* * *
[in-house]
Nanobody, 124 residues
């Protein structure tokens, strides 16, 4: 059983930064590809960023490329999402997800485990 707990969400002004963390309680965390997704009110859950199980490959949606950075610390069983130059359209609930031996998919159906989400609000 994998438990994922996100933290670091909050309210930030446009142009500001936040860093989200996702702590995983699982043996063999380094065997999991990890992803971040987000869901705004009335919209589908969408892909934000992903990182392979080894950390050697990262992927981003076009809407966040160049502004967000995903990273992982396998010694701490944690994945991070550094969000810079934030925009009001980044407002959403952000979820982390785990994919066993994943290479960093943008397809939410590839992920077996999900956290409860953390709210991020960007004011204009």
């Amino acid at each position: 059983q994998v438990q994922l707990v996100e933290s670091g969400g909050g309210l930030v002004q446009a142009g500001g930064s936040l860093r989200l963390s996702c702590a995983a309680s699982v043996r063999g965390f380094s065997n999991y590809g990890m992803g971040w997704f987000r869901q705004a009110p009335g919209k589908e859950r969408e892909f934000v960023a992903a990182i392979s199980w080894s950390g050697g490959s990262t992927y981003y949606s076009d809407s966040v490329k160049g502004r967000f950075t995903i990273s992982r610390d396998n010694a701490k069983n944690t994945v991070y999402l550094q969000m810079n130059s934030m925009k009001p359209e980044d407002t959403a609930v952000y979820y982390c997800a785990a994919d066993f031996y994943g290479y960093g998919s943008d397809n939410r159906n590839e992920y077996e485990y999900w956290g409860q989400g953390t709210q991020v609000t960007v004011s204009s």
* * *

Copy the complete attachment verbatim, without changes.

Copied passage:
[in-house]
Nanobody, 124 residues
């Protein structure tokens, strides 16, 4: 059983930064590809960023490329999402997800485990 707990969400002004963390309680965390997704009110859950199980490959949606950075610390069983130059359209609930031996998919159906989400609000 994998438990994922996100933290670091909050309210930030446009142009500001936040860093989200996702702590995983699982043996063999380094065997999991990890992803971040987000869901705004009335919209589908969408892909934000992903990182392979080894950390050697990262992927981003076009809407966040160049502004967000995903990273992982396998010694701490944690994945991070550094969000810079934030925009009001980044407002959403952000979820982390785990994919066993994943290479960093943008397809939410590839992920077996999900956290409860953390709210991020960007004011204009």
């Amino acid at each position: 059983q994998v438990q994922l707990v996100e933290s670091g969400g909050g309210l930030v002004q446009a142009g500001g930064s936040l860093r989200l963390s996702c702590a995983a309680s699982v043996r063999g965390f380094s065997n999991y590809g990890m992803g971040w997704f987000r869901q705004a009110p009335g919209k589908e859950r969408e892909f934000v960023a992903a990182i392979s199980w080894s950390g050697g490959s990262t992927y981003y949606s076009d809407s966040v490329k160049g502004r967000f950075t995903i990273s992982r610390d396998n010694a701490k069983n944690t994945v991070y999402l550094q969000m810079n130059s934030m925009k009001p359209e980044d407002t959403a609930v952000y979820y982390c997800a785990a994919d066993f031996y994943g290479y960093g998919s943008d397809n939410r159906n590839e992920y077996e485990y999900w956290g409860q989400g953390t709210q991020v609000t960007v004011s204009s």